Image

Yeah... well you guys decide... I just find it "odd" that they had such "blurring" that it is nothing more than the several exposures they combined... when *every other celestial body in the same image has no form of motion artifact...AT ALL*...

But... then again... I don't photograph comets for a living...so maybe there is some special case scenario for comets...

Or... it is a "simple of enough" explanation for most people to easily accept and forget about...

You be the judge...


Cheers,

-CN

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PostTue Sep 10, 2013 10:58 pm » by Nedroj


Good one (:
DULCE EST DESIPERE IN LOCO

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PostTue Sep 10, 2013 11:03 pm » by Slith


Impressive post. Great thinking. Wow. :flop:
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PostWed Sep 11, 2013 12:02 am » by Shaggietrip


Thank you for the post CN. I have explained this myself to people to help them understand. Verbally. I must say your post explains it very well. With the images provided.


Thanks again and stay well. :cheers:
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PostWed Sep 11, 2013 12:17 am » by Doogle


Looks like another winged planet. Maybe this is the fucker they meant all along. :D

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PostWed Sep 11, 2013 12:23 am » by Fatdogmendoza


Doogle wrote:Looks like another winged planet. Maybe this is the fucker they meant all along. :D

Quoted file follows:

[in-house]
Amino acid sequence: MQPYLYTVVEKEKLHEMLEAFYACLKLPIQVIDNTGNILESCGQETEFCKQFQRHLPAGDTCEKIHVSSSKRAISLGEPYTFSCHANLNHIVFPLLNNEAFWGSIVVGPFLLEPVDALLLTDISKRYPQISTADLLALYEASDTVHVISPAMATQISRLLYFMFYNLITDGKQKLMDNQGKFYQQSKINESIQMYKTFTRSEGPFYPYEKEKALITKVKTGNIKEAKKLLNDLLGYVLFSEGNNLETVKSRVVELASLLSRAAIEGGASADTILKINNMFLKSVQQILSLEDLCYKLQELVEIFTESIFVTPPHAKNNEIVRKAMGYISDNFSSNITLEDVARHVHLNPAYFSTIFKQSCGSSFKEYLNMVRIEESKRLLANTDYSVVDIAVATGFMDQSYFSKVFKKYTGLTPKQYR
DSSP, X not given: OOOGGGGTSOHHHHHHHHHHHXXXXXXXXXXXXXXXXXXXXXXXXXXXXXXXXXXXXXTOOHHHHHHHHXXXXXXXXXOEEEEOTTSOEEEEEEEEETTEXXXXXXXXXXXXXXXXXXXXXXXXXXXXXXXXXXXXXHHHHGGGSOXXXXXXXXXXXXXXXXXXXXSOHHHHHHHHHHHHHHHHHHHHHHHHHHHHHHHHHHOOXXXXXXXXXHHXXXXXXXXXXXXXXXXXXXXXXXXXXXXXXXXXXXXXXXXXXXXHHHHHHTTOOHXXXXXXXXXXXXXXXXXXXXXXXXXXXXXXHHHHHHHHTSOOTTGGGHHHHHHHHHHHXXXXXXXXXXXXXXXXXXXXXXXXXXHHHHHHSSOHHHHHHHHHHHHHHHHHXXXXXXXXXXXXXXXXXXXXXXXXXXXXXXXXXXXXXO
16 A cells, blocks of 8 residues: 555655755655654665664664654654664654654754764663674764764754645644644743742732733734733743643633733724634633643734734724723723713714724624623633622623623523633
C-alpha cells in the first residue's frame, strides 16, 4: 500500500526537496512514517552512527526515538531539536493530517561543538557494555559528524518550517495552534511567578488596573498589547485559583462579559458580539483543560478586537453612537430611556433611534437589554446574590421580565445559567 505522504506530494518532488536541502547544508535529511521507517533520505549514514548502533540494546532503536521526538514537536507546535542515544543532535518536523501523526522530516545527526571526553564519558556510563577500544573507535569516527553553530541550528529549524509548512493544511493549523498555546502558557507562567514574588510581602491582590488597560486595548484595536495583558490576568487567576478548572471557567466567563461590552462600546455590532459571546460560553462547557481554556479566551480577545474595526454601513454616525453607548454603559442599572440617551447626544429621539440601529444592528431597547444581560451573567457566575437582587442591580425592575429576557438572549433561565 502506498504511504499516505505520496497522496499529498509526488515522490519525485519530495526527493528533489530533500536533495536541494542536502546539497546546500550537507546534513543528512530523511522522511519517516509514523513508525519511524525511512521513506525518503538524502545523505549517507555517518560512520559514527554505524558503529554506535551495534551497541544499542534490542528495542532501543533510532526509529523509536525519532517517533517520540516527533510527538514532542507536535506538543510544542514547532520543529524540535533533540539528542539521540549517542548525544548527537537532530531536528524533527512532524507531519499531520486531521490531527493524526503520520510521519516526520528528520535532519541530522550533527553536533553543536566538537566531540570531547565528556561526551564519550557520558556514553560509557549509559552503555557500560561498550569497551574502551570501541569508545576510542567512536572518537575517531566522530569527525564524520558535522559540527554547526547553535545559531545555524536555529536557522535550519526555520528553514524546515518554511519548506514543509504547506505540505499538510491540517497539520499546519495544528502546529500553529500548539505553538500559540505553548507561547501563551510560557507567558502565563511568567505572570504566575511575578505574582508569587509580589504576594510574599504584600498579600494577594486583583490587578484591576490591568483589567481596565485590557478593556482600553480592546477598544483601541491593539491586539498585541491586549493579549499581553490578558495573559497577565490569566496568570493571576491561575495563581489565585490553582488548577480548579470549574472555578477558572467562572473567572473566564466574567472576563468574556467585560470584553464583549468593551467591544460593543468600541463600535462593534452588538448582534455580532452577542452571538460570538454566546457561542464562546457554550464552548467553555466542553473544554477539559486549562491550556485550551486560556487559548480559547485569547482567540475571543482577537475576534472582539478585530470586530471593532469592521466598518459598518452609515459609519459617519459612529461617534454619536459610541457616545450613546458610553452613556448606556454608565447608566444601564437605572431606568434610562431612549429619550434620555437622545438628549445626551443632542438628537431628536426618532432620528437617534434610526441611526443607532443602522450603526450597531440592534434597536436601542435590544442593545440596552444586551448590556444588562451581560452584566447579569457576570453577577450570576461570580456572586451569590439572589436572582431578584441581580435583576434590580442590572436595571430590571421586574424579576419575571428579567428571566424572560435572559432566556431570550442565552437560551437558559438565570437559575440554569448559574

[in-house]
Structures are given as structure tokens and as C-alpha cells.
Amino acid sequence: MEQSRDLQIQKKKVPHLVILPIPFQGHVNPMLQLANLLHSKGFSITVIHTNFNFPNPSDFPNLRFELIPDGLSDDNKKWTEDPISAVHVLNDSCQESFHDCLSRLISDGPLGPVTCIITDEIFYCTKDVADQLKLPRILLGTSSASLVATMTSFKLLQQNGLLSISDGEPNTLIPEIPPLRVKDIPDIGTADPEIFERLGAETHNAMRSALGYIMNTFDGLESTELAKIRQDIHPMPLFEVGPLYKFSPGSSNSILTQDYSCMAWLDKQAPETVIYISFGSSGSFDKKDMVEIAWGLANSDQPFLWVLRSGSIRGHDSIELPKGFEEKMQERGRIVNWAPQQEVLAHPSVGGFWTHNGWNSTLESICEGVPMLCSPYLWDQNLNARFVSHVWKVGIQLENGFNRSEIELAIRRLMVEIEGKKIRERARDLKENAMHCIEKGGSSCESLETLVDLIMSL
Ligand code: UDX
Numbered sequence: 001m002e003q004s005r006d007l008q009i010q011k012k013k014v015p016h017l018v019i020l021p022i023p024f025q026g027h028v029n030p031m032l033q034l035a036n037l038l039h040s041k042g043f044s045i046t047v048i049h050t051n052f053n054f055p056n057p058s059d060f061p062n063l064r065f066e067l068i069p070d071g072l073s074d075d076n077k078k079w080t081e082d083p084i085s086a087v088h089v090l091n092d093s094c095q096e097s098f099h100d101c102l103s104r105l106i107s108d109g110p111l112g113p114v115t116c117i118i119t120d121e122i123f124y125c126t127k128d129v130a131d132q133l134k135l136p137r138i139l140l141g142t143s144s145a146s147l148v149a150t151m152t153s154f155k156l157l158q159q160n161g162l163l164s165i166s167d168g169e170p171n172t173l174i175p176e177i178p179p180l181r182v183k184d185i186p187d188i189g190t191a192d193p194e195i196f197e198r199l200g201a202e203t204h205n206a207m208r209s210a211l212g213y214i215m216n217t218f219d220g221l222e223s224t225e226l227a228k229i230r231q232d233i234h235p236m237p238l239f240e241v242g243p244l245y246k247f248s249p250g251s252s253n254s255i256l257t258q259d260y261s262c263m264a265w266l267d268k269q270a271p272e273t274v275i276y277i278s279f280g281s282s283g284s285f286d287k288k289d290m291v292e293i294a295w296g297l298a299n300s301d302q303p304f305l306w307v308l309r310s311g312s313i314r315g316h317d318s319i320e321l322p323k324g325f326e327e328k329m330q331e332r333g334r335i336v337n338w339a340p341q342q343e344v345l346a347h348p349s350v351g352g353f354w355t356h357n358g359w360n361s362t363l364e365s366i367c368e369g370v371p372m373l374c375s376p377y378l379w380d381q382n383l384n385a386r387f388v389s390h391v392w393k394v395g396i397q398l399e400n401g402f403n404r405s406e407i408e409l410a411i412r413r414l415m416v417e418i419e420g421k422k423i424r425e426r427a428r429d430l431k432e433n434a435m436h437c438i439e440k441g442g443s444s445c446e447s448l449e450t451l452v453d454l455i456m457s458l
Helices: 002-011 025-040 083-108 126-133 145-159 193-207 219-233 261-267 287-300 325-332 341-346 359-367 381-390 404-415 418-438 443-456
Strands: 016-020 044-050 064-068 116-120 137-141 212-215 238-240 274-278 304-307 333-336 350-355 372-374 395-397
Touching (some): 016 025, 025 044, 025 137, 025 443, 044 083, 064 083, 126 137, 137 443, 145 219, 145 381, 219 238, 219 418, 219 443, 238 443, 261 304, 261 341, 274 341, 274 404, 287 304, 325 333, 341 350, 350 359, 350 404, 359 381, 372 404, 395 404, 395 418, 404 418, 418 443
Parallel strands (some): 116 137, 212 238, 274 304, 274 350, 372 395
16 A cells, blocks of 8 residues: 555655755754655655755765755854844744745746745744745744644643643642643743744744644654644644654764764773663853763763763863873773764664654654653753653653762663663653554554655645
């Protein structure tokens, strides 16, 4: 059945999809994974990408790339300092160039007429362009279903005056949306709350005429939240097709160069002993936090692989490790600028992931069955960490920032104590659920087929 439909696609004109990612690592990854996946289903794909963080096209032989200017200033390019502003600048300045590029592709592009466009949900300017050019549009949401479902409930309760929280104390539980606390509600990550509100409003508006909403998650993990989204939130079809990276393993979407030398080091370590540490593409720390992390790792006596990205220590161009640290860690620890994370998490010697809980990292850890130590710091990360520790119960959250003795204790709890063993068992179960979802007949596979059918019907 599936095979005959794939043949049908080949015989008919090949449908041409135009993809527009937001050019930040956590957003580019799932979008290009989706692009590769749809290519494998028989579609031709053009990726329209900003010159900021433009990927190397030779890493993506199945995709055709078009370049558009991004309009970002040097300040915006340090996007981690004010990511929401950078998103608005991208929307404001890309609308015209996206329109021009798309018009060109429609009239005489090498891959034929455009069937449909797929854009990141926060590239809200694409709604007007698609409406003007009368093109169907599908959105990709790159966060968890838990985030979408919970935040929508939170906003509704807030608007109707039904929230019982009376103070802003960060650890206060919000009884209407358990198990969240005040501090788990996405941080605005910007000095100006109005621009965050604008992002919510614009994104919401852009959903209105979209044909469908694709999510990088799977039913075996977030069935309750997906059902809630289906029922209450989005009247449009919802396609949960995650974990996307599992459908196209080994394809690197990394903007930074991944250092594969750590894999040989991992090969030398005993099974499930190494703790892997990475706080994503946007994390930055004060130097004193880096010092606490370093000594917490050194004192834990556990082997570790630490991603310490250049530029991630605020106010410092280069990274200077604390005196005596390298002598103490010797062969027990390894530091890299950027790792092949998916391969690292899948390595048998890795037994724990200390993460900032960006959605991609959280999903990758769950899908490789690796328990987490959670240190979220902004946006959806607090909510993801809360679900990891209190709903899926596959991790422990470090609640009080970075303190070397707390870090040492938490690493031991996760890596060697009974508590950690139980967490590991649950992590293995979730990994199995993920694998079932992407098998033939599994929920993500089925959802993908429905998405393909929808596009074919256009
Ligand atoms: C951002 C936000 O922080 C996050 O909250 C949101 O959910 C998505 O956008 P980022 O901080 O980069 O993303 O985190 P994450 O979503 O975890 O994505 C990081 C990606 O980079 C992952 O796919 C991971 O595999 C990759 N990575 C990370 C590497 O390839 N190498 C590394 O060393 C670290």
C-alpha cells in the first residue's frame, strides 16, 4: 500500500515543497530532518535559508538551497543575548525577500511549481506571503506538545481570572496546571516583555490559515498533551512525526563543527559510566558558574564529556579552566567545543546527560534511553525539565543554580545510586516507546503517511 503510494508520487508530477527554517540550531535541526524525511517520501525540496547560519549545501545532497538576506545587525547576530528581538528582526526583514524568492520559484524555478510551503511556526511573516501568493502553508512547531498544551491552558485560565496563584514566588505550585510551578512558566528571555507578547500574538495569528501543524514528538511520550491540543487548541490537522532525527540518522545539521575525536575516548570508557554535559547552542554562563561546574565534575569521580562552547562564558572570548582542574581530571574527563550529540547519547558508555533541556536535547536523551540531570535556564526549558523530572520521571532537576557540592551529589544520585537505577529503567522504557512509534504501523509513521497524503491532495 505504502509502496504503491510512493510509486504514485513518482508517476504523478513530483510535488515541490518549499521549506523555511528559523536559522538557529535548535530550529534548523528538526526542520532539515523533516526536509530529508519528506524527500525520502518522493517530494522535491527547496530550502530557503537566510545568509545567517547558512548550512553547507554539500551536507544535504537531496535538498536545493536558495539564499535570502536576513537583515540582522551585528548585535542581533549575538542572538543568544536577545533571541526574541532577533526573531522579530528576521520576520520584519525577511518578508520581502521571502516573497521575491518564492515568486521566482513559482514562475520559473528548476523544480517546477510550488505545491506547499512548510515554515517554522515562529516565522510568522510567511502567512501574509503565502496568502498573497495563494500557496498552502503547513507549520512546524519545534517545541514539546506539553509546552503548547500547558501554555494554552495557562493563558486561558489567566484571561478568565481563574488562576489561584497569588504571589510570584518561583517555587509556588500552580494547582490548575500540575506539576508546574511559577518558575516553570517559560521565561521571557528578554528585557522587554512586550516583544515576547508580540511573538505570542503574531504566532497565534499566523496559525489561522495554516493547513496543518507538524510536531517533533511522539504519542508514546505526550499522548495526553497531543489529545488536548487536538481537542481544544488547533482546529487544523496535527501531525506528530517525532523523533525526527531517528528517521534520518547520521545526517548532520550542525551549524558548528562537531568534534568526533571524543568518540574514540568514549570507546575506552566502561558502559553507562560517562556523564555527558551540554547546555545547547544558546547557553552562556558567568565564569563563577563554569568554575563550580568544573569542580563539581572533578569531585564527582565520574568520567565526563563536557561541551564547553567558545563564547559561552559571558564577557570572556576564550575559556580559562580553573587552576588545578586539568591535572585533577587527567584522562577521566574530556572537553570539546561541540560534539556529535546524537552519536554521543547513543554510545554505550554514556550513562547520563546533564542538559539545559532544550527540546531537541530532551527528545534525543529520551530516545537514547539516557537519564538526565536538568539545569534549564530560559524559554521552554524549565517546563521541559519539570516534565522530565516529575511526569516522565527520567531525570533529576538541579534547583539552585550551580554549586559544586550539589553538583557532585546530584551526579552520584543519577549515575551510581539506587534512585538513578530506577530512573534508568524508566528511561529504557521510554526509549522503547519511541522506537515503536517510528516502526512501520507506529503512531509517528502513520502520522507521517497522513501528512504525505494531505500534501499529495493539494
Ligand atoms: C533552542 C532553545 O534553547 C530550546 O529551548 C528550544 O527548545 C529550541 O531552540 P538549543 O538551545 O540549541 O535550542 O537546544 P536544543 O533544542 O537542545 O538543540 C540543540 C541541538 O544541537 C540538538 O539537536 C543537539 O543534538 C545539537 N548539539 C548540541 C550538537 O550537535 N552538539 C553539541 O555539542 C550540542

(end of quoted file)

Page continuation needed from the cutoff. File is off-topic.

Image

Doogle. you Peaky Blinder you... :mrgreen:

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PostWed Sep 11, 2013 12:31 am » by Doogle


Fatdogmendoza wrote:
Doogle wrote:Looks like another winged planet. Maybe this is the fucker they meant all along. :D


Image

Doogle. you Peaky Blinder you... :mrgreen:


Feeky chucker, no razors in my cap, I don't even wear one. I was being more than half serious. I think CNerd has made some pretty good observations.
I did laugh when I heard the geezer explaining the picture the other day, but what do I know(?) I'm still using polaroid.

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PostSat Nov 02, 2013 9:29 pm » by sammygarfield


Chronicnerd wrote:But... then again... I don't photograph comets for a living...so maybe there is some special case scenario for comets...

Or... it is a "simple of enough" explanation for most people to easily accept and forget about...

You be the judge...

Cheers,

-CN


Here is is a video from someone that seems to photograph comets for a living that includes the raw images from the hubble telescope and explanations to how the image came to be: http://www.youtube.com/watch?v=jbLe6kEd6mE

Another example of the same effect is here: http://imageshack.us/a/img845/4871/hu4j.jpg

Does this help clarify anything?

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PostSat Nov 02, 2013 9:43 pm » by The57ironman


sammygarfield wrote:
Chronicnerd wrote:But... then again... I don't photograph comets for a living...so maybe there is some special case scenario for comets...

Or... it is a "simple of enough" explanation for most people to easily accept and forget about...

You be the judge...

Cheers,

-CN


Here is is a video from someone that seems to photograph comets for a living that includes the raw images from the hubble telescope and explanations to how the image came to be: http://www.youtube.com/watch?v=jbLe6kEd6mE

Another example of the same effect is here: http://imageshack.us/a/img845/4871/hu4j.jpg

Does this help clarify anything?

.


:clapper:

.....thank you and welcome to the forum

:cheers: :hiho: Sammy

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.....you can educate the ignorant...but there's no fk'n helping the stupid.